Bayer counters European bee studies
The release of scientific reports from two European studies published in Science magazine last week caused a stir. Major newspapers of the nation published articles accepting the studies as proof of worldwide bee disappearance being caused by the neonicotinoid family of insecticides.
Because a British study showed a reduction of bumble bee queen bees after the bees were fed imidacloprid and honeybees exposed to thiamethoxam being disoriented and not returning to the hive in large numbers, the insecticides are being blamed for the worldwide decline in both types of pollinators.
According to a Bayer CropScience environmental toxicologist, the French study overdosed the bees by 20 percent to 30 percent in comparison to real world field exposure levels. At the high levels tested in this study, behavioral effects are expected. As for the bumble bee study, concentrations were probably three to six times above typical field exposure levels. But the same levels in previous tests did not show effects to bumble bee colonies, and these latest results were a surprise.
“Our company and other chemical companies have always been looking at the safety of these products beyond whether we are killing bees or other non-targeted insects. In the field of ecotoxicology, the key regulatory end points are fatality, growth and reproduction. So, we are also looking at whether the colonies are able to reproduce and the growth of individual bees, including larvae, because we are trying to protect all the life stages,” said David Fischer, Bayer CropScience, Ph.D., environmental toxicology and risk assessment.
The Washington Post in its Friday edition ran an article with a lead paragraph that gave credit to the new research about neonicotinoid insecticides as starting to “unravel the mystery of why bees are disappearing in alarming numbers worldwide.” It also claimed the new studies “point to flaws in the way pesticides are evaluated by regulators.”
Bayer CropScience registered some of the first neonicotinoid insecticides following testing that the Environmental Protection Agency accepted as having appropriate pollinator safety, and the company has established a Bee Health Center for research in Europe and another one is being established in North Carolina. For both reasons and because the company hasn’t shied away from answering questions, Bayer CropScience spokespeople are often quoted.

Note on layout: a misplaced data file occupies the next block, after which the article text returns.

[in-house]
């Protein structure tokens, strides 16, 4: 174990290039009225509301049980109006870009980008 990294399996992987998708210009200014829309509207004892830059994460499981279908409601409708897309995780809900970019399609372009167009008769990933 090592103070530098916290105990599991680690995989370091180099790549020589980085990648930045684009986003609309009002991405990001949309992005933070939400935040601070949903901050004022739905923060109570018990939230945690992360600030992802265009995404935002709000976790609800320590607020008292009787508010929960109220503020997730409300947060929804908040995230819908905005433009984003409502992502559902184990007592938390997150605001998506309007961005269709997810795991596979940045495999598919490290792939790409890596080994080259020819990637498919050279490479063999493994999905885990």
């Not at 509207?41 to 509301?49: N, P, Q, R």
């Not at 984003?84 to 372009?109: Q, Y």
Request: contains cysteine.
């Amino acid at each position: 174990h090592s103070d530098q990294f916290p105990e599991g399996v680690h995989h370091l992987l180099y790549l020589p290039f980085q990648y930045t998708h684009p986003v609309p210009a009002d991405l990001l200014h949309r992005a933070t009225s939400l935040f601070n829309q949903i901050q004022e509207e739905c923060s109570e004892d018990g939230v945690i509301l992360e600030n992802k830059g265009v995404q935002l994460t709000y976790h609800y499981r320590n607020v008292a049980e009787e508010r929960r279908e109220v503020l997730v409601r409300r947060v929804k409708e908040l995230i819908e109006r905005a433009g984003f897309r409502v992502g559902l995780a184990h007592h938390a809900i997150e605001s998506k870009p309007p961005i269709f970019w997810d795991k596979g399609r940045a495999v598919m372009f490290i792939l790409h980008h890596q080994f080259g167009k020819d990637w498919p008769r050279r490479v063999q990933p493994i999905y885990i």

Of course, the Washington Post article by Marc Kaufman, quoted British and French researchers as saying the studies are proof of consequences from non-lethal doses of the insecticides. Fischer was quoted as saying the research as conducted doesn’t really show anything. But the writer found a University of Illinois researcher, May Berenbaum, to suggest that bees are at risk from this family of insecticide.
“The problem with these two new studies is that people are saying they show that neonicotinoids are responsible for the bee colony loss problem or the pollinator decline problem, but they don’t really show that at all,” Fischer said.
“Really, the study in France was not a surprise to us. With the dose level that they tested, we would have expected the kind of effect that they saw. The particular chemical that they used in the test was not a Bayer CropScience product. Thiamethoxam is marketed by a different company,” he noted. “But the study in France tested an exposure that is much higher than the level bees would be exposed to in fields.”
He said he was confident that bees would not have strayed away from the colonies at a lower dose of product used in real agricultural settings because no such effects have been seen in previous field dose studies.
“What they really saw with the study in the UK was an affect several weeks after they stopped feeding the bumble bees imidacloprid. They fed the colonies imidacloprid at 6 to 12 parts per billion in pollen in the laboratory and then moved those colonies out into the field where they foraged nature food, and it was after the imidacloprid feeding stopped that they really saw the main effect, which was a reduction in the production of queens,” Fischer explained.
Fischer suggested this study protocol has not been fully investigated to validate the approach, and it is something that needs to be looked at in more depth.
The Washington Post article gave no attention to what has been recognized as a major cause of colony health problems—parasitic mites. Varroa mites and disease vectors associated with the mites have been proven to be a main cause of bee deaths and colony collapse. “Those are the main problems causing health problems in honeybees, and pesticides either play no role at all or they play a very minor role,” Fischer said.
Bayer CropScience has noted that the neonicotinoid family of insecticides is used extensively in Australia, but varroa mites are not present. The result is that bee health has not been compromised in that country from the use of the insecticides.
“In my mind, it seems in some cases that the insecticide work done is overshadowing what we know to be a real threat to bee health, and that is varroa mites,” said Jack Boyne, Ph.D., director of communications, Bayer CropScience.